A dozen descendants of Holocaust survivors met at a Char Bar in the District on Aug. 14, as part of a recurring luncheon for the online survivor network group Allgenerations.
The worldwide network is designed as an educational resource for sharing information on the Holocaust and keeping the survivor community connected, according to Serena Woolrich, a Washington resident and the group’s founder. As part of its mission, the nonprofit hosts in-person meets to foster connection between survivors, their families and those who share in their experience.
Woolrich, the daughter of a Holocaust survivor and a U.S.-born parent, founded Allgenerations in 1998, and said the group always meets at a kosher restaurant because of tradition.
Following the luncheon, Woolrich said the most asked question she got from other 2gs, as the second-generation children of survivors are called, was, “Were there many 3gs there?”
Woolrich said that at events, “normally it’s 2gs and maybe you’ll get a 3g,” or a grandchild of survivors.
According to Woolrich, active participation from 3gs has increased over the last decade. Network groups like 3gNY and 3gDC have popped up with the explicit purpose of fostering the participation of the grandchildren of survivors. Members are trained to speak at events in efforts to keep the histories of their ancestors alive.
“By the grace of God, every 3g that is born is like an ‘Aha!’ to Hitler. That we’re still here, we’re still alive,” Woolrich said. “That is a major accomplishment seeing them take interest.”
At the D.C. luncheon, Woolrich said she even met a 4g, or the great-grandchild of a Holocaust survivor.
“They should be interested, this is their background,” Woolrich said. “This is their story. They should be thankful they’re alive, their grandparents made it out and survived.”
Woolrich said it remains of the utmost importance for future generations to keep their survivor ancestors’ legacies alive. “It’s vital,” she said.
Allgenerations aims to make the world feel a little smaller and a little more connected for the survivor community. Every town that Woolrich finds herself in, she strives to put together an in-person meet up.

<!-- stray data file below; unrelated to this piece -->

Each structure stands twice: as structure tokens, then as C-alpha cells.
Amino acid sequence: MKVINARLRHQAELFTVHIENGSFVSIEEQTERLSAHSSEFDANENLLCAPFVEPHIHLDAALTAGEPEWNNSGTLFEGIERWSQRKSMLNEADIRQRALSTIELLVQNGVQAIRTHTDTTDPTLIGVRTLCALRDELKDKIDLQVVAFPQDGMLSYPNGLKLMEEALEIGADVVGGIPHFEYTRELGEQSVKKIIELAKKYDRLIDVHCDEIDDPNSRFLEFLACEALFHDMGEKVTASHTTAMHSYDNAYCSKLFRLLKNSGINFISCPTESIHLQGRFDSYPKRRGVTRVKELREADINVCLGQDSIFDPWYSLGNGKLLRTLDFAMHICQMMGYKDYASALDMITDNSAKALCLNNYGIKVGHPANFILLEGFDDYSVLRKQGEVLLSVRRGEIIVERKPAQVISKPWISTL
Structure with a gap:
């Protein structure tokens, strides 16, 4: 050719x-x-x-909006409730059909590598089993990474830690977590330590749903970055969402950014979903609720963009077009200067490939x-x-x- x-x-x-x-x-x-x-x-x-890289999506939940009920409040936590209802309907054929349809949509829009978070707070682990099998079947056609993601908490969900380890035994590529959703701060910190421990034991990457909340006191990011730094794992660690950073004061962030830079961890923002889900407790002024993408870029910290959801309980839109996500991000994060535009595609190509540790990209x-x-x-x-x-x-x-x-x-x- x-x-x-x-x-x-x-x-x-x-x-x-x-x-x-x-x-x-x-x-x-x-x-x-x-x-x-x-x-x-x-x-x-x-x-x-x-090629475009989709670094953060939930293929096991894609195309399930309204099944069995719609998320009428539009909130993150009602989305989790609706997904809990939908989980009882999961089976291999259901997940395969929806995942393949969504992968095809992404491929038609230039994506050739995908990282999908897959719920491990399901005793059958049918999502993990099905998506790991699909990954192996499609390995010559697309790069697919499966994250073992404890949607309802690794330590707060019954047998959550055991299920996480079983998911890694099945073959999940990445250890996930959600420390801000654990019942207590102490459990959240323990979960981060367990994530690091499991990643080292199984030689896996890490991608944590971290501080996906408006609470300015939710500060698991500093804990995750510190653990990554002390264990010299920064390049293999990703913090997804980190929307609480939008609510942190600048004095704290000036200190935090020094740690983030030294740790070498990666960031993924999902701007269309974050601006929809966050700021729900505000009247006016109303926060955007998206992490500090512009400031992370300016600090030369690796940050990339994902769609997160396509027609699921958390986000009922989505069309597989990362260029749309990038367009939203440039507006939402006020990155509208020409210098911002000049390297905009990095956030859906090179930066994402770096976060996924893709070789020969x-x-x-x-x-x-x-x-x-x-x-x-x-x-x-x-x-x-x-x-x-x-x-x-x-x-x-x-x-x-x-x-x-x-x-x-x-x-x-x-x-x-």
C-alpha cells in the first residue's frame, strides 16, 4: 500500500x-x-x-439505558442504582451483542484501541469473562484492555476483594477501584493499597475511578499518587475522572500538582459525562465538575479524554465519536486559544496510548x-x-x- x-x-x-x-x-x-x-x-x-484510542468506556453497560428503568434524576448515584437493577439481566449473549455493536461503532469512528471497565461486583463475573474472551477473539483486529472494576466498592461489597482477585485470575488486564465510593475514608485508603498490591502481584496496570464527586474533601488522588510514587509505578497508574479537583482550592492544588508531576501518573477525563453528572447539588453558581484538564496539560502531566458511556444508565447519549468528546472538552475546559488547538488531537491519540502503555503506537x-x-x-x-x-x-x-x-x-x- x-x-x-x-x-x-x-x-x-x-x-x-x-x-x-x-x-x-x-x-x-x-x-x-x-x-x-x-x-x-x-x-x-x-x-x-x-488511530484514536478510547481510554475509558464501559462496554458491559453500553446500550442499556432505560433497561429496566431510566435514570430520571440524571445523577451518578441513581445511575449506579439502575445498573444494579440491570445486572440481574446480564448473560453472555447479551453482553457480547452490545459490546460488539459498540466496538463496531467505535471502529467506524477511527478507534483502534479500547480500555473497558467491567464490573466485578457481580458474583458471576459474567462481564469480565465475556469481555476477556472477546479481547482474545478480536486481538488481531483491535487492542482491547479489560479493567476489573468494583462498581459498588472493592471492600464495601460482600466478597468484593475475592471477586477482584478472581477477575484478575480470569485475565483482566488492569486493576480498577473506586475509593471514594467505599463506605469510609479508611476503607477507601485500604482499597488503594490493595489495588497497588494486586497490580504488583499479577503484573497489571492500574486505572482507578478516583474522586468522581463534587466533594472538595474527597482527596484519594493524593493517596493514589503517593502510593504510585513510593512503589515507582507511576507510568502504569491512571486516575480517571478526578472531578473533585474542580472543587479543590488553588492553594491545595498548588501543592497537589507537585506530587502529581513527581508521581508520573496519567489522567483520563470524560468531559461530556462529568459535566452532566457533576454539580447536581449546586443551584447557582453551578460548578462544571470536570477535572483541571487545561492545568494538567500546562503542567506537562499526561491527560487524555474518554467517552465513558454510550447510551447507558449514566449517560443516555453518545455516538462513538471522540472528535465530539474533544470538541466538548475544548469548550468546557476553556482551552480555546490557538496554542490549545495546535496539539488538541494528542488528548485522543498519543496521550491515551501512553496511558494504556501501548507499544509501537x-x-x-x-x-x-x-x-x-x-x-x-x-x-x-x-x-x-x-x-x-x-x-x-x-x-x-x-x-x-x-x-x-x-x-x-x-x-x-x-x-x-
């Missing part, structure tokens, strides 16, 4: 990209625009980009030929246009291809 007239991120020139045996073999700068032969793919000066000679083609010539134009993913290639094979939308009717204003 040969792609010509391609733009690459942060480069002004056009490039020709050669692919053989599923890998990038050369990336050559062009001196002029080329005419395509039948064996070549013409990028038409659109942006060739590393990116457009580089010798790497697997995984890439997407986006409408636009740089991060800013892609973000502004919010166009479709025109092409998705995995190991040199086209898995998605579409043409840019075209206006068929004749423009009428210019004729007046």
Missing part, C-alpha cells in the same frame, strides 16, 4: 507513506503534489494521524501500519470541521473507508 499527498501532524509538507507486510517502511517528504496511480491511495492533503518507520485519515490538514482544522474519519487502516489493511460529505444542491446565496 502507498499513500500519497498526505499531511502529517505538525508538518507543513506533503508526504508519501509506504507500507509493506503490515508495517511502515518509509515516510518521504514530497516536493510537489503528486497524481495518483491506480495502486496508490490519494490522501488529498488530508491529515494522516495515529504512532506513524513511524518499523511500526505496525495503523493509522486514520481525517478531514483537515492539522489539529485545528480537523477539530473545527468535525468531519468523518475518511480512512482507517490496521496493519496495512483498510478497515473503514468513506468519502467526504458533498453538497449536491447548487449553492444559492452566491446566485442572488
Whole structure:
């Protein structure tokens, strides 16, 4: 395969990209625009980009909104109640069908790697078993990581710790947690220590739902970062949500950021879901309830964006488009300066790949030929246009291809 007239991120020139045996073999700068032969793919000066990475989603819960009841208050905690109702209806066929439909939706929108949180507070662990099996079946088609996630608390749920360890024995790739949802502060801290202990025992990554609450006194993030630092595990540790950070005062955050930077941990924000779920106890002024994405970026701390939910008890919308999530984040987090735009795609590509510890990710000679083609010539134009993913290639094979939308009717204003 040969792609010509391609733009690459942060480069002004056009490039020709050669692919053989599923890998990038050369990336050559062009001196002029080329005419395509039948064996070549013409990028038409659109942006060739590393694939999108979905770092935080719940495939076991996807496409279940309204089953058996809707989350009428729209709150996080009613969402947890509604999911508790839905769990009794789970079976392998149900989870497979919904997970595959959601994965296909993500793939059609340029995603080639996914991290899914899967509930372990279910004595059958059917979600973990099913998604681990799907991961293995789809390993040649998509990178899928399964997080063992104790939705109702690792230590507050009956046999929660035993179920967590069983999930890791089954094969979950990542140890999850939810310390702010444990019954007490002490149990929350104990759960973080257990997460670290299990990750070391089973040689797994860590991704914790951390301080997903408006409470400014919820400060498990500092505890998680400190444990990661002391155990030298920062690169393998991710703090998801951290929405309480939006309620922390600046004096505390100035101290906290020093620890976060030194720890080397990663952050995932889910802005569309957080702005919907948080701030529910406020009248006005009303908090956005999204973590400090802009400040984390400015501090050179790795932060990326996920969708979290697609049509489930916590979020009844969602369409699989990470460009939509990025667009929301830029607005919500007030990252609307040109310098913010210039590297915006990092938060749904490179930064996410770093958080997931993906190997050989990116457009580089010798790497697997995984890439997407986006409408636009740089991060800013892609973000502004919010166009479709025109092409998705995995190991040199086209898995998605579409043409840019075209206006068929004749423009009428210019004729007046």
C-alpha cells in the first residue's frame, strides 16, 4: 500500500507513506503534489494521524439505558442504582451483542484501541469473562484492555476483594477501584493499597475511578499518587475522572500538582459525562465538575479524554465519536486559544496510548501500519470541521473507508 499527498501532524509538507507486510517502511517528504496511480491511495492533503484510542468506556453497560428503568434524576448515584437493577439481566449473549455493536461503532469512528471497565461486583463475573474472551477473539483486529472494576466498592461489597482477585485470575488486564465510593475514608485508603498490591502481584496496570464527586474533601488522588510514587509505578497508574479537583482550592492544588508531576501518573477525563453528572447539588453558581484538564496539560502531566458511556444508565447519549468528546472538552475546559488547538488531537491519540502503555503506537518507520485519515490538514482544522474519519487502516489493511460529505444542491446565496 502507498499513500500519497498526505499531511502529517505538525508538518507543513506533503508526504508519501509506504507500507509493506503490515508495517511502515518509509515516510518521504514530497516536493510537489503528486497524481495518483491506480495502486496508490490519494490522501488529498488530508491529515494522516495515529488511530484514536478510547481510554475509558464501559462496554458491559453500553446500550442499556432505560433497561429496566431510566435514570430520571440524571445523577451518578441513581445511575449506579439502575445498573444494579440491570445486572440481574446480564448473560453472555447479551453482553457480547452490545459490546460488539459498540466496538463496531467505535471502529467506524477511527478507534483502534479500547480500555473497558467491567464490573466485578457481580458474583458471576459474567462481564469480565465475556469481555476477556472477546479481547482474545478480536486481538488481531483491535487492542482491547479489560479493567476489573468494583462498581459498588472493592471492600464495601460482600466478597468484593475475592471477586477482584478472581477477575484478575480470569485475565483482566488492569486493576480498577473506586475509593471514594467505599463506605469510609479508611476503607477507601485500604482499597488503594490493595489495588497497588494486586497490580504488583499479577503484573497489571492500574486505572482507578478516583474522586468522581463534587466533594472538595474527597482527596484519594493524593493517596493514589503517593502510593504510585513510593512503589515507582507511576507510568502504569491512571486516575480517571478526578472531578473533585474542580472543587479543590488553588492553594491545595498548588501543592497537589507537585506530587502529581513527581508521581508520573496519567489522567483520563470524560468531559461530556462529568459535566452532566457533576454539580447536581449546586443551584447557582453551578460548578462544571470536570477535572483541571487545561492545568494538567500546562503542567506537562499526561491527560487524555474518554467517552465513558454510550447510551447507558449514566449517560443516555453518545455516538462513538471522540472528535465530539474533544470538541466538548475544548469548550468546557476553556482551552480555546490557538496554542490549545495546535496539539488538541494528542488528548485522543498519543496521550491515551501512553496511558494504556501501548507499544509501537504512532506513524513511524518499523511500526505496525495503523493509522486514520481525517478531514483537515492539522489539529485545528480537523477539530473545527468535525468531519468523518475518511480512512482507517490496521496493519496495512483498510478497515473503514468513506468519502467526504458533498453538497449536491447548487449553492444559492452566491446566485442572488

“I had always been involved in 2g groups,” Woolrich said. “I saw we liked to be connected.”
In the 1990s, email was the new tool in the box, bringing the ability to connect multitudes no matter where they might be in the world. Woolrich noticed some emails circulating within the network of survivors seeking family or friends they had lost contact with.
In the beginning, Woolrich would compile these requests and send out an email blast once a week to make connections between loved ones.
More than 20 years later, she still gets hundreds of requests and makes positive matches about once a month. “I can’t even begin to tell you how meaningful that is, for a survivor to find a relative or child,” Woolrich said.
Woolrich spoke about recently receiving an email from a woman in Florida who had been a Holocaust survivor from Brussels, Belgium. The woman asked Woolrich for help in finding her childhood friend, whom she hadn’t seen since the war.
Equipped with a semi-uncommon last name, Woolrich reached out to a young attorney in Ohio by the same surname, thinking it would be a longshot. By chance, the man confirmed the person they were looking for was his aunt who lived in New Jersey.
Woolrich contacted the Florida woman to share the good news. “The first question she asked me was, ‘Is she still alive?’” After confirmation, the two connected the very next day, catching up after all the years over a four-hour phone call.
“That’s the greatest thing I’ve ever done,” Woolrich said.